Wood fuel can be carbon neutral. It absorbs as much carbon dioxide in its growth as it releases when it is burnt. Trees also reduce the level of air pollutants by intercepting airborne particles and absorbing pollutant gasses. Reducing carbon emissions that lead to greenhouse gases means wood is the fuel of the future. However, this is dependent on the cycle being maintained, hence Woodwarm`s commitment to Trees for Cities. We plant a tree for every Eco stove sold. Woodwarm would like to politely suggest that every stove user plants a tree at least once a year. There are many reasonably priced charities in the Uk which will plant a tree for you. We use https://www.treesforcities.org…
All fossil fuels (coal, anthracite, brown coal, peat, oil, gas and lpg) emit carbon dioxide when they are burnt. It is, therefore, very important to think about ways of reducing these emissions. This can be done by ensuring that your heating system is efficient, well maintained and incorporates adequate controls. You should also undertake other energy saving measures, such as increasing the insulation of your house.
The list below shows typical carbon dioxide emissions per week for different principal fuels used in the average house.
- ELECTRICITY 130kgs
- COAL 120kgs
- OIL 90kgs
- GAS 70kgs
- WOOD NIL
Recommended Solid Fuel for Woodwarm Stoves
A Woodwarm Fireview Multifuel stove will burn coal and some smokeless fuels as well as:
- Brown coal ‘Lignite’ sold as compressed briquettes (Union Briquettes). A European peat-like coal widely used for power generation in Europe, not suitable for smokeless areas, but a good easy fuel.
- Peat, rarely sold as fuel in England – not suitable for smokeless areas, but useful if you can get it.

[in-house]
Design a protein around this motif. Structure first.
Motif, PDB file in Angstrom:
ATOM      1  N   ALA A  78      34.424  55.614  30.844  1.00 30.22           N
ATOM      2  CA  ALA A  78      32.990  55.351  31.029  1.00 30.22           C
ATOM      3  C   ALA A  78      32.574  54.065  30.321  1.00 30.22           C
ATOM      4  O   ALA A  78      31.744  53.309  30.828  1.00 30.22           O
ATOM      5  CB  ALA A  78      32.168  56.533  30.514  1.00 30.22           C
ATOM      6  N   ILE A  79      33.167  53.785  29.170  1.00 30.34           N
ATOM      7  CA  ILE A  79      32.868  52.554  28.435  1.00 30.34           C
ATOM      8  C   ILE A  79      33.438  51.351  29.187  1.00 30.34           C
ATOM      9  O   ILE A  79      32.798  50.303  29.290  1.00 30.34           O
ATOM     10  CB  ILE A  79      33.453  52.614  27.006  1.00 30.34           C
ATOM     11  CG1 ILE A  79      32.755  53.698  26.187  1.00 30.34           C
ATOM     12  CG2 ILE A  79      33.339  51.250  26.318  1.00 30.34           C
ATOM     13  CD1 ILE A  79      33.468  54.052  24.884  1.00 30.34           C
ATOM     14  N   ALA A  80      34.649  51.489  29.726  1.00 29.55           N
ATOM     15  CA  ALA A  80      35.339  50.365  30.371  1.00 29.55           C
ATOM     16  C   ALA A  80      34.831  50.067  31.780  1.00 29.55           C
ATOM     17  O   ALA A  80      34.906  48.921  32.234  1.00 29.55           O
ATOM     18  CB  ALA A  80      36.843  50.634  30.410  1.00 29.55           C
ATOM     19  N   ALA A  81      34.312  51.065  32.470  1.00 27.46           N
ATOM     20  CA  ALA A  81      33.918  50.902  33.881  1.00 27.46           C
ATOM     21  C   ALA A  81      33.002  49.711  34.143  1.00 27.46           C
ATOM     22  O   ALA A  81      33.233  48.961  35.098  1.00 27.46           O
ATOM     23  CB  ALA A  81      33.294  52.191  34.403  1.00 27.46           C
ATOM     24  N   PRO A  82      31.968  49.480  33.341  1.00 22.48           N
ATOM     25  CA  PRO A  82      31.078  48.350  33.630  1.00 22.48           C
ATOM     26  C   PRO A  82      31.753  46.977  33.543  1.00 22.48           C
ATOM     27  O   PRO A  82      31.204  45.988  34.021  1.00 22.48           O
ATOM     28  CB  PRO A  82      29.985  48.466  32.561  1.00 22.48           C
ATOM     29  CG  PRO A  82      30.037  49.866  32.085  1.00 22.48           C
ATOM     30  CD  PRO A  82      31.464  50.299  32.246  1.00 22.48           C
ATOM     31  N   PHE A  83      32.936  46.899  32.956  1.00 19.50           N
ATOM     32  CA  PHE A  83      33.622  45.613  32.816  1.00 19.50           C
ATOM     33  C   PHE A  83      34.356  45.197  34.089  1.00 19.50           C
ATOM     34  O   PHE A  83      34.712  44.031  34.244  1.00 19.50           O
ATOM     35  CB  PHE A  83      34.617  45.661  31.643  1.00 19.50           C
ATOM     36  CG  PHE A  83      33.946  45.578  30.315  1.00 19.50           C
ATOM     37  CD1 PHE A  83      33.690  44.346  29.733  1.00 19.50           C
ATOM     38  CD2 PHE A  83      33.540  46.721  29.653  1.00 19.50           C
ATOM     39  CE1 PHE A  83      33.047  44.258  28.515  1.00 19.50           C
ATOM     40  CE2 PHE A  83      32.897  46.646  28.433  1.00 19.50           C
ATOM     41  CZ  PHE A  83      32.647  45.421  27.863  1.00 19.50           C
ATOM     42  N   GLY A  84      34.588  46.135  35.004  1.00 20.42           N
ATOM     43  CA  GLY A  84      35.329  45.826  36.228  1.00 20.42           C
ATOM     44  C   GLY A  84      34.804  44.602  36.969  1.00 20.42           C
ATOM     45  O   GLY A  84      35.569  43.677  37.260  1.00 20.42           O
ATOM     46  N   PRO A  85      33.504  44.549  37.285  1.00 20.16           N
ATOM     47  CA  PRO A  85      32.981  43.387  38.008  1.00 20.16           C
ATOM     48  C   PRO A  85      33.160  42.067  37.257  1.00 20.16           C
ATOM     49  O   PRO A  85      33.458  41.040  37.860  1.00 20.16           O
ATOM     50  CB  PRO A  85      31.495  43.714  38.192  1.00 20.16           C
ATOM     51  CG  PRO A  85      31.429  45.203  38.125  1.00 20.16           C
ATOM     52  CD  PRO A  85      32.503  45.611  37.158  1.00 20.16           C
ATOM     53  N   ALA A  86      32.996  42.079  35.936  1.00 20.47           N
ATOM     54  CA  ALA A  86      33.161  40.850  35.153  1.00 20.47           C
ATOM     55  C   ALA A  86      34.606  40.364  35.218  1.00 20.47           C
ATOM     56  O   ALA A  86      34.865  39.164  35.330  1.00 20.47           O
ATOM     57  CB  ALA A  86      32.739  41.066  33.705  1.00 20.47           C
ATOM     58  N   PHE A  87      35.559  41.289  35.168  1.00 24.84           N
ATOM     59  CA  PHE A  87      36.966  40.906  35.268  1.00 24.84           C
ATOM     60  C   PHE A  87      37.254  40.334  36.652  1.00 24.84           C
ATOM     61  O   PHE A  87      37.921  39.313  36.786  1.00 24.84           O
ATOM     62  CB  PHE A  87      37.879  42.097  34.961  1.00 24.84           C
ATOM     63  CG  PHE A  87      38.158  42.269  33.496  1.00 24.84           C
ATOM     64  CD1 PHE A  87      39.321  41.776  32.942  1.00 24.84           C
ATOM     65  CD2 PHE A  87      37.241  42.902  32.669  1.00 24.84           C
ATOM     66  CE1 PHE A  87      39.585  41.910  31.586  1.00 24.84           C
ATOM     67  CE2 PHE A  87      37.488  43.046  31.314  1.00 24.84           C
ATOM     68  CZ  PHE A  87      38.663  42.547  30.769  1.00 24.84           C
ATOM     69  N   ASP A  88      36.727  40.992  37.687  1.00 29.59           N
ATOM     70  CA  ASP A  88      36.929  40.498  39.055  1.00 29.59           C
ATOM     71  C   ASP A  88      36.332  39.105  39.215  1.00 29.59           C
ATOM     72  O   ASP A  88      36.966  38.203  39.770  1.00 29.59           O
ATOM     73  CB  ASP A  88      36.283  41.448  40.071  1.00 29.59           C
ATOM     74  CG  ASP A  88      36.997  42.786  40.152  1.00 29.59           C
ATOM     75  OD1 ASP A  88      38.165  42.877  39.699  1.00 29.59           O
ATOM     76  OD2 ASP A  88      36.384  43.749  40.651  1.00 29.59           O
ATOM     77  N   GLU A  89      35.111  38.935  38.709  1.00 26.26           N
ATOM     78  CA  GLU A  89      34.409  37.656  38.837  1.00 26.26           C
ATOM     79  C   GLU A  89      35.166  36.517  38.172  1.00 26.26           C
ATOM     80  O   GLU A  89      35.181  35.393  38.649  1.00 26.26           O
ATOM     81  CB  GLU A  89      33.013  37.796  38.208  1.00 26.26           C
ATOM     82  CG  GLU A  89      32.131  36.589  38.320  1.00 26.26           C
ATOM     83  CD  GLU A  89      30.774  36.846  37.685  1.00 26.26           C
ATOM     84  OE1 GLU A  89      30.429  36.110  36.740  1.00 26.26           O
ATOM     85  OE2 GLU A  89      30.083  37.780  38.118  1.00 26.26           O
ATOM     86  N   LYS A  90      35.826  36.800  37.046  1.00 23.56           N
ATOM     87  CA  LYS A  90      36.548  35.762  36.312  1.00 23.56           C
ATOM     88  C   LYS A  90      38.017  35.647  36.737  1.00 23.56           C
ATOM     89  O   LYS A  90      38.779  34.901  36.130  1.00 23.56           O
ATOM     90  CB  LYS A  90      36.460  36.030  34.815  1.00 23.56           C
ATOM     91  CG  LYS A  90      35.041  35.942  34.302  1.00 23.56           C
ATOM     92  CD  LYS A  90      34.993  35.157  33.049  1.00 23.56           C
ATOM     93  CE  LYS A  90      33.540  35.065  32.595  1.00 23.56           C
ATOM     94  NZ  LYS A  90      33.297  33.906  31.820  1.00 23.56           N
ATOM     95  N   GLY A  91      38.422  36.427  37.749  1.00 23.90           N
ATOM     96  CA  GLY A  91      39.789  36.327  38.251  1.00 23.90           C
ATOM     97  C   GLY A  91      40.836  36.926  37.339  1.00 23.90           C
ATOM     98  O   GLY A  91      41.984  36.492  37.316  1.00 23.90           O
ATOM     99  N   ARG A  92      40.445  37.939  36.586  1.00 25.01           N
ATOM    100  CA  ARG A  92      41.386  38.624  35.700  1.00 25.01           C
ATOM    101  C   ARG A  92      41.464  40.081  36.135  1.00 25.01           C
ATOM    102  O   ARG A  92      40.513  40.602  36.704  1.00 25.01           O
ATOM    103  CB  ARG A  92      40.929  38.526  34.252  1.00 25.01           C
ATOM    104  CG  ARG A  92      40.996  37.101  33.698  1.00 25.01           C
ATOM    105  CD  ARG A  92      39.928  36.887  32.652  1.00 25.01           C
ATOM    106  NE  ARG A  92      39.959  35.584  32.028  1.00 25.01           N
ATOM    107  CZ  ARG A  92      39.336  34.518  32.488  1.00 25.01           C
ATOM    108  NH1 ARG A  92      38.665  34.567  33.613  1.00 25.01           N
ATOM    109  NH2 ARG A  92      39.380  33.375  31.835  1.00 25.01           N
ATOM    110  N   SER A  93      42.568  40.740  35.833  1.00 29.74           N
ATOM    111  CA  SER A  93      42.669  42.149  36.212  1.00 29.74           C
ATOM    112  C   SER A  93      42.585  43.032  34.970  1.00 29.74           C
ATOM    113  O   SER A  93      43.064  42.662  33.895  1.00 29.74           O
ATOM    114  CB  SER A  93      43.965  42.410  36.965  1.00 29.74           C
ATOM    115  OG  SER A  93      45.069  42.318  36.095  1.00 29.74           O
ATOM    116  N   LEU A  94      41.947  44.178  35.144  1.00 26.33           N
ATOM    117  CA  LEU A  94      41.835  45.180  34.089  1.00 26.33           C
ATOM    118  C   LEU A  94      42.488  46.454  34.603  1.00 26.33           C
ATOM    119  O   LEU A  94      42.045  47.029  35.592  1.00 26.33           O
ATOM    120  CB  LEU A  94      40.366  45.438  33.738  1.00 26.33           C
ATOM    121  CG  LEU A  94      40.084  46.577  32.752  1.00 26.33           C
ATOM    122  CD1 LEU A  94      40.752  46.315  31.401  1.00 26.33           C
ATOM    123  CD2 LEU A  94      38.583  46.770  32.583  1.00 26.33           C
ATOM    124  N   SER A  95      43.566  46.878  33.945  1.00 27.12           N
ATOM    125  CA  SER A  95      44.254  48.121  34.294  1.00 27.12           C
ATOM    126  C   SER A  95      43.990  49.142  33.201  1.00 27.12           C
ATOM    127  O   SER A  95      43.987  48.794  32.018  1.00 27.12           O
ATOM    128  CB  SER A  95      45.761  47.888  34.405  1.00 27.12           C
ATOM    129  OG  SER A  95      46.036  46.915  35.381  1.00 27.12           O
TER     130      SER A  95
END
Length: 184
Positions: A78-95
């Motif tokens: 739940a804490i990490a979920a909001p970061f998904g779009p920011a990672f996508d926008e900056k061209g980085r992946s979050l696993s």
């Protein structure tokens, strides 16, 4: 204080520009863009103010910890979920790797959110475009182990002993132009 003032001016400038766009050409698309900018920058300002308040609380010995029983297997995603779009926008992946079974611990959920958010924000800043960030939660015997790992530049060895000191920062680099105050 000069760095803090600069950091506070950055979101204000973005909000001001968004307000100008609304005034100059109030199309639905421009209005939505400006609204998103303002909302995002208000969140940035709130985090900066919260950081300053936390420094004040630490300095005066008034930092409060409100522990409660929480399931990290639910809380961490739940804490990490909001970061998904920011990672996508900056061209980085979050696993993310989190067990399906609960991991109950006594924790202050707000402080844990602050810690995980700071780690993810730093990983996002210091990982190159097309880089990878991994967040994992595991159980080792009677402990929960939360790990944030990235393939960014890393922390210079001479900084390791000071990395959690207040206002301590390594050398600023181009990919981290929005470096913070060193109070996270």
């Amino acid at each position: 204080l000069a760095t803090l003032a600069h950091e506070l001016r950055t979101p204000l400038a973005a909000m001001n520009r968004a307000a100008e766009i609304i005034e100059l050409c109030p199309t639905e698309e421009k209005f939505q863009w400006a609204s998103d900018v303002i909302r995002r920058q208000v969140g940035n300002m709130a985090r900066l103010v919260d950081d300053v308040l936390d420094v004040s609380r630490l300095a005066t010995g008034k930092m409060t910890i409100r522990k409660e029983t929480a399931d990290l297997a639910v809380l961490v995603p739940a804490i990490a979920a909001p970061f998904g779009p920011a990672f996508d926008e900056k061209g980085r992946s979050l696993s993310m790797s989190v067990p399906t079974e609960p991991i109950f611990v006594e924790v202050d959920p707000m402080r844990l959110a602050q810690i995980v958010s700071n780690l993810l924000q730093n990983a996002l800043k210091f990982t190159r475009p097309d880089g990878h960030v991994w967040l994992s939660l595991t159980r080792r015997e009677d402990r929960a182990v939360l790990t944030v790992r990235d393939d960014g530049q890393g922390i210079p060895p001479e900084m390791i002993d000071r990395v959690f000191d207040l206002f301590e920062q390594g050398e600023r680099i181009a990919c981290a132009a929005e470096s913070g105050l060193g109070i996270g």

- Naturally smokeless Anthracite – use large nuts and small nuts. The rocky cinders from Anthracite can cause even the best riddling grate problems, but it is a good fuel.
- Homefire and Homefire Ovals, manufactured smokeless. It is a good fuel and easy to handle.
- Some smokeless fuels boast to burn hotter by as much as 40%. If this is the case, the amount of fuel added to the appliance needs to be 40% less or over firing can occur.
- ‘Ancit’ and ‘Maxibrite’ are the fuels used by our test house, they come with a sound reputation.
- Housecoal. This is dirty fuel to handle and to burn. It needs to be burnt on a high heat with a good combustion air mix to stop a lot of tar deposits. Clean flueways often, tarry glass will tell you if you are not burning hot enough.
- Other Fuels. Be aware that cheap solid fuel is likely to be high in petro-coke (coal derived from chemicals). This fuel is likely to be destructive to the structure of the stove.
Always burn dry Fuel. Always de-ash frequently. However, if you have any queries consult your Approved Coal Merchant Scheme member for further types and availability. The Solid Fuel Association helpline will give it to you – Tel No 0845 6014406. Do experiment to find the best one for you, or mix them if you wish, however NEVER burn wood with solid fuel as a very aggressive acid is created which is lethal for the stove, chimneys and flues.
NB –Care must be taken not to over fire the stove and the lower air inlets should always be closed once the stove is alight. Over firing will occur when the stove is prolonged running over 300deg C. All Fuels must not exceed the kW per hour of your appliance. Approximately 1kG of coal per hour = 5kW.